A person under deep conviction of sin once went to a minister of the Gospel, from whose lips I received the relation, and placed before him the inquiry of the sinner, "What shall I do to be saved?" and at
that moment, through the window, his eye rested on an infirm old man, staggering under the weight of a burden, evidently beyond his strength to carry. I would carry that burden round the world, said the sinner, pointing to the man, if it would only save my soul. Yes, I have no doubt you would, said the minister, if you could do it, then go boasting into heaven. But you could not carry that burden round the world, even if salvation were the purchase; but God has dealt more mercifully with you than this. You would carry a burden round the world to purchase your salvation, but you will not stoop to the humility of taking it, as a free gift, at the hands of God. And this is the case with sinners. God requires them to acquiesce in his method of salvation, and they will do any thing under heaven to escape the degradation of being indebted to the merits and the righteousness of the Lord Jesus Christ. If salvation had been to be merited and earned by our doings, as a slave earns his wages, who could have entertained a hope of heaven? Who can render, during the short period of his probation upon earth, a service which is to be an equivalent for an eternal inheritance of glory in the heavens? Who is so devoid of all reason, as well as modesty, as to suppose that the wretched modicum of service he can pay, would put God on the debtor side of the account, for nothing less than an eternal inheritance of blessedness?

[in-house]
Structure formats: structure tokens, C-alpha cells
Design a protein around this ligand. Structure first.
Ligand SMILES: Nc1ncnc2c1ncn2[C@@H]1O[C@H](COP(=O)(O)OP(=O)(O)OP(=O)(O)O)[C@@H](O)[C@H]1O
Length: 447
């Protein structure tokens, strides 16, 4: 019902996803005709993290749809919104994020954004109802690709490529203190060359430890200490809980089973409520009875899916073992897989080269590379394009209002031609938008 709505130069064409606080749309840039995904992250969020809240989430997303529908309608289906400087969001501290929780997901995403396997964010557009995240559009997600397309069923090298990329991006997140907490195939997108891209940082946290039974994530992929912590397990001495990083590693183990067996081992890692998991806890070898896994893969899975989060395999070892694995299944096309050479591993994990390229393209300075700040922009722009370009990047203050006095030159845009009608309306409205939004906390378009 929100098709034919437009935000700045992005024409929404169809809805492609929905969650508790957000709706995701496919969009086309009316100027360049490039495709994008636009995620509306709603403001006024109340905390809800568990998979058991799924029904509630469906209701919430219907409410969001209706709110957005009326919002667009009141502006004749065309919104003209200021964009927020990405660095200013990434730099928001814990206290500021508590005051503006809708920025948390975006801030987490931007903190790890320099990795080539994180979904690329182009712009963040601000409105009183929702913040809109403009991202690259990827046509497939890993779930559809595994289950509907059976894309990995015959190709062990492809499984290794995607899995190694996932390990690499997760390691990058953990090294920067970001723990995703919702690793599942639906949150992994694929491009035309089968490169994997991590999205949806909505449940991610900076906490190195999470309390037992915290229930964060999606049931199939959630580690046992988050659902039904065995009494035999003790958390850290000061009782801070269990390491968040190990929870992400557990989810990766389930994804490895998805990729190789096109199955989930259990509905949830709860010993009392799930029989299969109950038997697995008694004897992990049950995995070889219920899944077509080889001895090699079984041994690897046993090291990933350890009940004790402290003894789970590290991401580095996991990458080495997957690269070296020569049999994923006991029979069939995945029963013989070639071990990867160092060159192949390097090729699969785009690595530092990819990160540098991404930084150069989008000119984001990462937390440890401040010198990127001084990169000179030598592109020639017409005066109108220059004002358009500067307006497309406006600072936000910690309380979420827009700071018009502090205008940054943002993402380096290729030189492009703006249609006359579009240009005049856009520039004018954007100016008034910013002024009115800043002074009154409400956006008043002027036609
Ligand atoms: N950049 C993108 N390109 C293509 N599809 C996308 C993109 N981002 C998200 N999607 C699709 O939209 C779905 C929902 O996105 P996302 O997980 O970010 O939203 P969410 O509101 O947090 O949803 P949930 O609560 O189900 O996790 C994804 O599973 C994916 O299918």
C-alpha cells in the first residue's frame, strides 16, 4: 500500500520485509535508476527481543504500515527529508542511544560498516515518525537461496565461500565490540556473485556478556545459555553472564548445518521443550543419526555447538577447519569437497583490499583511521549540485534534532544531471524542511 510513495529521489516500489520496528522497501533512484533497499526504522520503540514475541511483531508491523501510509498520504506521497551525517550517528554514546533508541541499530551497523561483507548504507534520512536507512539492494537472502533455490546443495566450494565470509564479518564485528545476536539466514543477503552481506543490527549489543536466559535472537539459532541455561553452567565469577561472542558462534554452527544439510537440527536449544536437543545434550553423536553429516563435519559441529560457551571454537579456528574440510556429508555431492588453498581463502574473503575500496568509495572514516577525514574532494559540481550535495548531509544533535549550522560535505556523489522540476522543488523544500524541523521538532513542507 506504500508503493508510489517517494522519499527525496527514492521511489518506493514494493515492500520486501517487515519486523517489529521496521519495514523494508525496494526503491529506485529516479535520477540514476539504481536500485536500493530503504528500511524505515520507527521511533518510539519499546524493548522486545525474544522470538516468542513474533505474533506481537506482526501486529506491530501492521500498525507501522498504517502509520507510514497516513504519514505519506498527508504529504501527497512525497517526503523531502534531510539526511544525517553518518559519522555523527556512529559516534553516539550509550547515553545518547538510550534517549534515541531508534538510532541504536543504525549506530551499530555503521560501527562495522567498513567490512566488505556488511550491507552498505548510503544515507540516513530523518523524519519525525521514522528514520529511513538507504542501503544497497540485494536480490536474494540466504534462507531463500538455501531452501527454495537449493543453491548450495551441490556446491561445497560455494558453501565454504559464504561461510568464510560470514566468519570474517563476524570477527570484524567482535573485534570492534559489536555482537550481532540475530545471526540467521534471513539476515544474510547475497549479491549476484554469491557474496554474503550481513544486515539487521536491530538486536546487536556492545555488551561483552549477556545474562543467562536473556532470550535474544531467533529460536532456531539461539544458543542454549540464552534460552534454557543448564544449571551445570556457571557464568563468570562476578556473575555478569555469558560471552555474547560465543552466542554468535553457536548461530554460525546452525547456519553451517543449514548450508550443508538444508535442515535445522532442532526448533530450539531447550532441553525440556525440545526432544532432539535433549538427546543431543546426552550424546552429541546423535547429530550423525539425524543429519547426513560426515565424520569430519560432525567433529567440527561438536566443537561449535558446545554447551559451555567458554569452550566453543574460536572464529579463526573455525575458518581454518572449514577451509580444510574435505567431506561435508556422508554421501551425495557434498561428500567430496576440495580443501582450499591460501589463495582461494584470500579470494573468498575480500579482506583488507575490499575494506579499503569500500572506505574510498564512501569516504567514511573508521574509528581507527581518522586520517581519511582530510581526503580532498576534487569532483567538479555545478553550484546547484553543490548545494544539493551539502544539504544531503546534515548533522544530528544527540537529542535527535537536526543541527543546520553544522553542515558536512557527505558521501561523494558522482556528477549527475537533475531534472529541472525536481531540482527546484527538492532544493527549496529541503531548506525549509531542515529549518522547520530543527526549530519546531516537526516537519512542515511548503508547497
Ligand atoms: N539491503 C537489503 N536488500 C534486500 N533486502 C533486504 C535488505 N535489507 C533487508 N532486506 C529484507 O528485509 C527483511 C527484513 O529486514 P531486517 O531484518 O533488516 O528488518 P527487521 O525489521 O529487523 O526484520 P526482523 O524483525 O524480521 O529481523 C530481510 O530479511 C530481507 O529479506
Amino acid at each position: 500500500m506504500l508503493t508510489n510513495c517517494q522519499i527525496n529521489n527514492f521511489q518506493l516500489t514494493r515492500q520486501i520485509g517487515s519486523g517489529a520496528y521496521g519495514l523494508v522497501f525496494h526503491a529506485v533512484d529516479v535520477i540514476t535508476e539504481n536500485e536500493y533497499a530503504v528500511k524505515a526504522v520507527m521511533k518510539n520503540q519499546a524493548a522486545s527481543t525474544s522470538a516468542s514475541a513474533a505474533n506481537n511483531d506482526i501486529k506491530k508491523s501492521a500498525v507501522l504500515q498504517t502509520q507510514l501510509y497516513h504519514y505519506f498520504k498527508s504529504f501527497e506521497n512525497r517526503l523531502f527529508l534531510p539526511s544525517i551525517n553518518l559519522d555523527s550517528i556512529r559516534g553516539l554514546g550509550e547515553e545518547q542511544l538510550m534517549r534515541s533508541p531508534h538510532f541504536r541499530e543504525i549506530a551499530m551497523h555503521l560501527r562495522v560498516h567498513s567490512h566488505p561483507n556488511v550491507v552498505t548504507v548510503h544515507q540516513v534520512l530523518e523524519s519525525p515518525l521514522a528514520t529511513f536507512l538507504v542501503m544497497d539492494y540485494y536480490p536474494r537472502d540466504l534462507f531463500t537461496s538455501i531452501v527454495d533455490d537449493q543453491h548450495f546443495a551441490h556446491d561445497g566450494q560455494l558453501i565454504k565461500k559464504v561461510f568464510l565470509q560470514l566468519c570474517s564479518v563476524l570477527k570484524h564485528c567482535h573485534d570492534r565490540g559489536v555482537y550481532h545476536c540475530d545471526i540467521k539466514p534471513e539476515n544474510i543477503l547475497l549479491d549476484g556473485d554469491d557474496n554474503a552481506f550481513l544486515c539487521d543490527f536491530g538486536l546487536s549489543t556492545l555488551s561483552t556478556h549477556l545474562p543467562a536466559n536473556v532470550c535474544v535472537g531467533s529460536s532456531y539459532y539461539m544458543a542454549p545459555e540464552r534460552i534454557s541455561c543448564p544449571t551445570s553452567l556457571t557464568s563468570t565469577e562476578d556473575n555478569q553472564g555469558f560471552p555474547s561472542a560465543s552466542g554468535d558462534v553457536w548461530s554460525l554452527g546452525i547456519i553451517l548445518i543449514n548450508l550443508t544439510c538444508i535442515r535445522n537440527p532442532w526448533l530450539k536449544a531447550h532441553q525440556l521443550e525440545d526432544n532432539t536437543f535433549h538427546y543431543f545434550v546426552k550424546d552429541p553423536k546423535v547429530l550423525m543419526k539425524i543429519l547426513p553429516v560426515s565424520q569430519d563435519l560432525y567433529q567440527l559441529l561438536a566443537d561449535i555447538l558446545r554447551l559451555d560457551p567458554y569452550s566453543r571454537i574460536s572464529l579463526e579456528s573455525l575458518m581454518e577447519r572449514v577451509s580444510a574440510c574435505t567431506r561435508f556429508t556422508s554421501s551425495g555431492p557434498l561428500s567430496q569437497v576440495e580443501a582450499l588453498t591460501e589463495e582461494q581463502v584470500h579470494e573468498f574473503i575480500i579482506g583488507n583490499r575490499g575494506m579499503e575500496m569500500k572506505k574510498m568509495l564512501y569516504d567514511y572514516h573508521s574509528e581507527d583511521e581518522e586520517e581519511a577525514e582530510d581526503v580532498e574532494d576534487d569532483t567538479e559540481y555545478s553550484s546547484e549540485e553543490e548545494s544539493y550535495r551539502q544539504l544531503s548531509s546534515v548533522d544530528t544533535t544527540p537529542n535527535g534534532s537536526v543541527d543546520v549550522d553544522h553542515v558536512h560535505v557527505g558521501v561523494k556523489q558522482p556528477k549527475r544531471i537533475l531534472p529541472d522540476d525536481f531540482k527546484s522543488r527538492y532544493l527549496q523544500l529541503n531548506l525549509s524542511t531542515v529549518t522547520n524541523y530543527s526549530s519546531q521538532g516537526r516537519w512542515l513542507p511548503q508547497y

Again: We are told, my dear friends, that eternal life is in Jesus Christ, and that to believers it is given to believe in him. If there is indeed, before me, any one who as yet has no vital interest in the Lord Jesus Christ, I am constrained to tell that one that